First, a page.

“At this time, we have completed our search of the building and have found no evidence of a shooting or injured personnel,” D.C. police said in a statement sent at 10:10 a.m.
The scene has been turned back over to Vice Adm. Hunter Hilarides of the NavSea Command.
In a press conference with District of Columbia Mayor Muriel Bower and Hilarides, D.C. police chief Cathy Lanier told reporters that officers interviewed the woman who first called 911 from inside the NavSea Command building.
“We don’t believe that it was a malicious hoax,” Lanier said, adding that the employee did “exactly what we ask” when reporting suspicious activity.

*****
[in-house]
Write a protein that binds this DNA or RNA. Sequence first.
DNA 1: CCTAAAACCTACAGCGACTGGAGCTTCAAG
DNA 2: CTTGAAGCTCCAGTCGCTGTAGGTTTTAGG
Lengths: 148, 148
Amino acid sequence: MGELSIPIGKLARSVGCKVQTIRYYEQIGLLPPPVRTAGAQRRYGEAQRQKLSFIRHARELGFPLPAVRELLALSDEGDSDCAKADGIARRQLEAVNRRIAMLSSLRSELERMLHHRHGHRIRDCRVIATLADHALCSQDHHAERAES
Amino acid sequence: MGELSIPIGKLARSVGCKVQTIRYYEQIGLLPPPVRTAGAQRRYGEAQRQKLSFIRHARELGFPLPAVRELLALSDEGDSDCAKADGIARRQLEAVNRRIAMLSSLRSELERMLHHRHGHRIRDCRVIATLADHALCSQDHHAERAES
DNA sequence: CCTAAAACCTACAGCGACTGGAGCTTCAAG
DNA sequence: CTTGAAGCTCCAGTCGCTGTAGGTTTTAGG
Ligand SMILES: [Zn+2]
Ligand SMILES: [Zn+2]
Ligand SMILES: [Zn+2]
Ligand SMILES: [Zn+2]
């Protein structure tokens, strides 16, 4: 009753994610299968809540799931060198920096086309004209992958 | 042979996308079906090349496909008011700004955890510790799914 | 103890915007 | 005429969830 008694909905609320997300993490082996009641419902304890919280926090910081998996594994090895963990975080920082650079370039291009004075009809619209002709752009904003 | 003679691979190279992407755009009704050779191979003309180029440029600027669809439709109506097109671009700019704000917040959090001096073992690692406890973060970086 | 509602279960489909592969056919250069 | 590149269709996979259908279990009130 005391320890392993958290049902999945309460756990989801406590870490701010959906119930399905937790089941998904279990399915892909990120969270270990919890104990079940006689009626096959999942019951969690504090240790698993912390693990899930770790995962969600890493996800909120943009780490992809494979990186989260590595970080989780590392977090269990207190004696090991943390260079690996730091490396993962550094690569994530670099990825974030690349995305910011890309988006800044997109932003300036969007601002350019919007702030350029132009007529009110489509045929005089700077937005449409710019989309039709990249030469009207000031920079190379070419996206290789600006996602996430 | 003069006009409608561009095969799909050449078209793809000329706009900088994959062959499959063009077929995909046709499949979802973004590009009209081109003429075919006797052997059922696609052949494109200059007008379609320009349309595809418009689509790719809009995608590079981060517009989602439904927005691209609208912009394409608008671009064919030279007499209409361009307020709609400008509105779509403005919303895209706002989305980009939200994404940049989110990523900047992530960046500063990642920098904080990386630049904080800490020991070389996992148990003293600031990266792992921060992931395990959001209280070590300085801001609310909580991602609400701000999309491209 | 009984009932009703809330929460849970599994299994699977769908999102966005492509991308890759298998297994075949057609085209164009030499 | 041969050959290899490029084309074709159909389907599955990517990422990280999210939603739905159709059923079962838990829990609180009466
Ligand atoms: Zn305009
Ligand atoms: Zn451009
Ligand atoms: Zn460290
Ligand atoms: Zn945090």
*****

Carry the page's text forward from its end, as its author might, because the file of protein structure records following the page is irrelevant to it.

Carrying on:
In 2013, the Navy Yard was the scene of a shooting in which 12 people were killed. Lanier said the police response to this morning’s investigation went smoothly.
“Every inch of that building has been searched, and will be searched a second time,” she said.
All road closures associated with this incident have been reopened, according to the District of Columbia’s AlertDC system.
Chris Johnson, a spokesman for the Navy Sea Systems Command, said there had been some limited evacuations of certain offices in the Navy Yard complex while police were investigating the incident.
WTOP’s Neal Augenstein reported that a friend of someone who works in the Navy Yard told him that the worker heard “several loud bangs and people screaming.” Navy Yard workers received automated texts saying that there was a threat and that they needed to shelter in place.
U.S. Marshals; the U.S. Park Police; the Bureau of Alcohol, Tobacco and Firearms; Metro Transit Police and D.C.police, including the hazardous devices unit and K9 units, responded to the scene .
Federal News Radio confirmed that Joint Base Anacostia-Bolling had also been placed in shelter-in-place mode.